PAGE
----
The high-yield dividend stocks of the tobacco industry have been resilient survivors during the past 50 years. While smoking rates have plummeted around the world, the major brands have managed to stay relevant by raising prices and cutting costs.

The best-run operators, such as Marlboro maker Altria (MO), have managed to chug along despite a difficult environment and have managed to reward their patient shareholders with regular dividend hikes. Altria has hiked its dividend every year without interruption for nearly half a century, and the shares yield an attractive 7% at current prices.

All the same, the popularity of vaping has come as a new shock to the industry. Nielsen reported annualized volume declines of 3.5% to 5% throughout 2018. But the declines have accelerated this year, and recent Nielsen data saw volumes declining at an 11.5% rate during one four-week stretch this past spring.

Big Tobacco benefits from the popularity of vaping, but margins tend to be smaller than on traditional cigarettes. Furthermore, there is a growing concern that much of the growth in vaping is due to underage smokers picking up the habit. The U.S. Food and Drug Administration has stepped up its regulation and has gone so far as to order some vaping products removed from store shelves.

It remains to be seen how hard the regulators crack down or if traditional cigarette volumes continue to shrink at an accelerated pace. Like Ford, Goldman likes Altria right now. But it might make sense to watch Altria and the other Big Tobacco players for another quarter or two before committing. The shares have been in near-continuous decline since 2017, and trying to catch a proverbial falling knife is a good way to cut your hands.

The continue reading, see 13 High-Yield Dividend Stocks to Watch

Disclaimer: This material is provided for informational purposes only, as of the date hereof, and is subject to change without notice. This material may not be suitable for all investors and is not intended to be an offer, or the solicitation of any offer, to buy or sell any securities nor is it intended to be investment advice. You should speak to a financial advisor before attempting to implement any of the strategies discussed in this material. There is risk in any investment in traded securities, and all investment strategies discussed in this material have the possibility of loss. Past performance is no guarantee of future results. The author of the material or a related party will often have an interest in the securities discussed. Please see Full Disclaimer for a full disclaimer.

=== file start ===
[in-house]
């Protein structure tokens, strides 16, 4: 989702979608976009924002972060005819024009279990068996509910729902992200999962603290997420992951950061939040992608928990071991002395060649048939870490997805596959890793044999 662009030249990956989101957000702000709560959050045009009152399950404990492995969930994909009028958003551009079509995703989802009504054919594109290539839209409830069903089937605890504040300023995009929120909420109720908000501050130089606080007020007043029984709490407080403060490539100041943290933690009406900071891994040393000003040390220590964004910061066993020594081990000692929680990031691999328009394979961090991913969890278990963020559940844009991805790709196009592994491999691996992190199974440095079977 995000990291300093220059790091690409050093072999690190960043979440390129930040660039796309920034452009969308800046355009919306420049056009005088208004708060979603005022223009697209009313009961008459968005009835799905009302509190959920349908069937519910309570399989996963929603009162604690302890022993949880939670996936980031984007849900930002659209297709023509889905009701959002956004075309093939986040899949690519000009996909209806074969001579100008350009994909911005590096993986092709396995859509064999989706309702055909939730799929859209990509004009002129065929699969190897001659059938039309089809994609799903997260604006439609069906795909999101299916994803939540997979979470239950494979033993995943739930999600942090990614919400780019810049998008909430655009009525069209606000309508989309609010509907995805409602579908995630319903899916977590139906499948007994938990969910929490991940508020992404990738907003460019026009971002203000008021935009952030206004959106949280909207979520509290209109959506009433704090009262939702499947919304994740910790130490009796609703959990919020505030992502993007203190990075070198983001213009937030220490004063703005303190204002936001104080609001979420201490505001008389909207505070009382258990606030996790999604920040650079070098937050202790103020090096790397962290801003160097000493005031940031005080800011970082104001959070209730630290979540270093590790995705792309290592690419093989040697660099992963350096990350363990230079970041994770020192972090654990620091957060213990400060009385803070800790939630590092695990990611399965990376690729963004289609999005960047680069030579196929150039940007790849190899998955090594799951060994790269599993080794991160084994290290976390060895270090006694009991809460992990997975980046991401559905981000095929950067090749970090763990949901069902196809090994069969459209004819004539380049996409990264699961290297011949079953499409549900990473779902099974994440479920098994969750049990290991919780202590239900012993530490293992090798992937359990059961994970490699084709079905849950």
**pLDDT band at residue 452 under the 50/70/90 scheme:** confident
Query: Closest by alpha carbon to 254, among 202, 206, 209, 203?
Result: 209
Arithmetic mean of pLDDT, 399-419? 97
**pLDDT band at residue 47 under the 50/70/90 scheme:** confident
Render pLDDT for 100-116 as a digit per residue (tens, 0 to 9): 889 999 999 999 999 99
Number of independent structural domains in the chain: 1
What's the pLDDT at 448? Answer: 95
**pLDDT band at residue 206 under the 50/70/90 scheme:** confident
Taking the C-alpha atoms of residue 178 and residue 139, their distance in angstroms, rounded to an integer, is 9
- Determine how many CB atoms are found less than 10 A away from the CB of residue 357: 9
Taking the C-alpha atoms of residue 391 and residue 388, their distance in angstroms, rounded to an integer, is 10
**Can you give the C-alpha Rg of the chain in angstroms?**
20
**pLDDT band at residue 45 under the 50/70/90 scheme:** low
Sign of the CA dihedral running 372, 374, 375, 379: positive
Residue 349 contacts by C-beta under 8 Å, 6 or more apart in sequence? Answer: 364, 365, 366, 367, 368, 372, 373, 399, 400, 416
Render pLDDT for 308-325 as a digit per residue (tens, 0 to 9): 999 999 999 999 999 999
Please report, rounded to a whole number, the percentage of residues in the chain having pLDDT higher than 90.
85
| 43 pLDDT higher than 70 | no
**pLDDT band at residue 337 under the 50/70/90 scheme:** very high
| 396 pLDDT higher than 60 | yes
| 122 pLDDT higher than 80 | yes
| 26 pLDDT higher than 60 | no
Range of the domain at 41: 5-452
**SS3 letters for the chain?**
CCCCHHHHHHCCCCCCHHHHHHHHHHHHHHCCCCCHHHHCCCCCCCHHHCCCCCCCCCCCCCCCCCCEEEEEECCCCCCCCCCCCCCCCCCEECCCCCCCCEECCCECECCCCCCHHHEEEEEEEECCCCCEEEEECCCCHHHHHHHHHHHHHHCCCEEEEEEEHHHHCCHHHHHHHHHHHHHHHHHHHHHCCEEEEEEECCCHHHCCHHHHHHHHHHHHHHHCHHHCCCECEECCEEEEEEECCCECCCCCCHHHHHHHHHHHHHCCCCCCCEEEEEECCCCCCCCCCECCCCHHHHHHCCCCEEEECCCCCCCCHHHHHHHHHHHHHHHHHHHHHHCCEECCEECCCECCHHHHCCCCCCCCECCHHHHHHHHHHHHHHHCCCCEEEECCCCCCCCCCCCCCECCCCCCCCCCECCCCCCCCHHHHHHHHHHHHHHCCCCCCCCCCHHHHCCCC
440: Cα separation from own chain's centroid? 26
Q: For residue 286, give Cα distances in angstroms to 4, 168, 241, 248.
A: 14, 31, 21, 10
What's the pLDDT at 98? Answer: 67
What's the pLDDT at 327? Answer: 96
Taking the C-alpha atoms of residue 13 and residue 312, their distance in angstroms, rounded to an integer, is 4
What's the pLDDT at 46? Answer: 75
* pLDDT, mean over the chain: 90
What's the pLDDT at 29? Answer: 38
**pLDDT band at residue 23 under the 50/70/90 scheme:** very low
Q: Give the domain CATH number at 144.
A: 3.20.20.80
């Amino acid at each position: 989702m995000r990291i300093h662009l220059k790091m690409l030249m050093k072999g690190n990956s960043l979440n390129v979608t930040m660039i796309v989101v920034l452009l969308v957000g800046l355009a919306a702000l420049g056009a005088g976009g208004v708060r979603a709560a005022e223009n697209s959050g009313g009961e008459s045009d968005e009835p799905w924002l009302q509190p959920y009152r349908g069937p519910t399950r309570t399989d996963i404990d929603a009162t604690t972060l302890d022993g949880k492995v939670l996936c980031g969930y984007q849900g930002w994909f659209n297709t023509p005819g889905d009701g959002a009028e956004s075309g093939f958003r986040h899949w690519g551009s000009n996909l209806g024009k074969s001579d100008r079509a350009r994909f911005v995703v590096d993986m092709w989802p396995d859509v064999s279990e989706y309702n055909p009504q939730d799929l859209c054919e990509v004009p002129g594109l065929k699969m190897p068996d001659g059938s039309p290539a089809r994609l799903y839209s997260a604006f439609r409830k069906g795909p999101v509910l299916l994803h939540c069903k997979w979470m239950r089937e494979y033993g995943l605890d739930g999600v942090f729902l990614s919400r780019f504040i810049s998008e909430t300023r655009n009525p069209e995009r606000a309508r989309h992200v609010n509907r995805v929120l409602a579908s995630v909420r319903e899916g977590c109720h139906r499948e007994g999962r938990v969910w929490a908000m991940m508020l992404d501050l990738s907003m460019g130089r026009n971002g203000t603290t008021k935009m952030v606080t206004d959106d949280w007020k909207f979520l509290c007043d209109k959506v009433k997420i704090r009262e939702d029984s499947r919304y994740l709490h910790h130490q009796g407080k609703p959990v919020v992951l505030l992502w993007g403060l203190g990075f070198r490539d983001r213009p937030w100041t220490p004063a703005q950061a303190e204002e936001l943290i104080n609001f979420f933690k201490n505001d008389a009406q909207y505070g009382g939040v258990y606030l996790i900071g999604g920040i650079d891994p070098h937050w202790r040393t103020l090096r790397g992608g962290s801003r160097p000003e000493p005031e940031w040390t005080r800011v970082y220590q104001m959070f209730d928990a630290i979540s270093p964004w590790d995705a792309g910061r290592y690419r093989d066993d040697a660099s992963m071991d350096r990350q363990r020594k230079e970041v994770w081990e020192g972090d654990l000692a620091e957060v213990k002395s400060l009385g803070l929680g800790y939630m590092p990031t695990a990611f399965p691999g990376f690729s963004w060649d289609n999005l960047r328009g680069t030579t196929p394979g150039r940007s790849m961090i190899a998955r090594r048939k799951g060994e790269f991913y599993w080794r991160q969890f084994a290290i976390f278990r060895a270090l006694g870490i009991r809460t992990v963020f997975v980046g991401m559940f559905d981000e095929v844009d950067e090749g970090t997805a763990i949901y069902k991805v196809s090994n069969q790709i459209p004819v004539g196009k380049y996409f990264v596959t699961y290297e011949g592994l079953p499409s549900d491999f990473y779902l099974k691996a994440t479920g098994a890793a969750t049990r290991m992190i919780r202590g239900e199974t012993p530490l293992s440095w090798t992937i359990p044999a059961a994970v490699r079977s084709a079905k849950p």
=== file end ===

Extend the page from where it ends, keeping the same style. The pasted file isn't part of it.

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10 Emerging-Markets Stocks That Will Survive the Trade War

The following was first published on Kiplinger’s as 10 Emerging-Markets Stocks That Will Survive the Trade War

Photo credit: Financial Times

The old saying goes: When America sneezes, the world catches a cold. As the world’s largest importer – and holder of its largest trade deficit by a country mile – the United States is the planet’s indispensable economy. And emerging-markets stocks, with their dependence on foreign capital and high concentration in cyclical and commodity sectors, are particularly vulnerable to weakness in the U.S.

There’s nothing quite like a good trade war to give investors the jitters. But it’s not just the ongoing spat between Presidents Donald Trump and Xi Jinping that has investors unnerved. U.S. economic growth appears to be topping out for this cycle, and issues in the American market have a way of spilling across borders.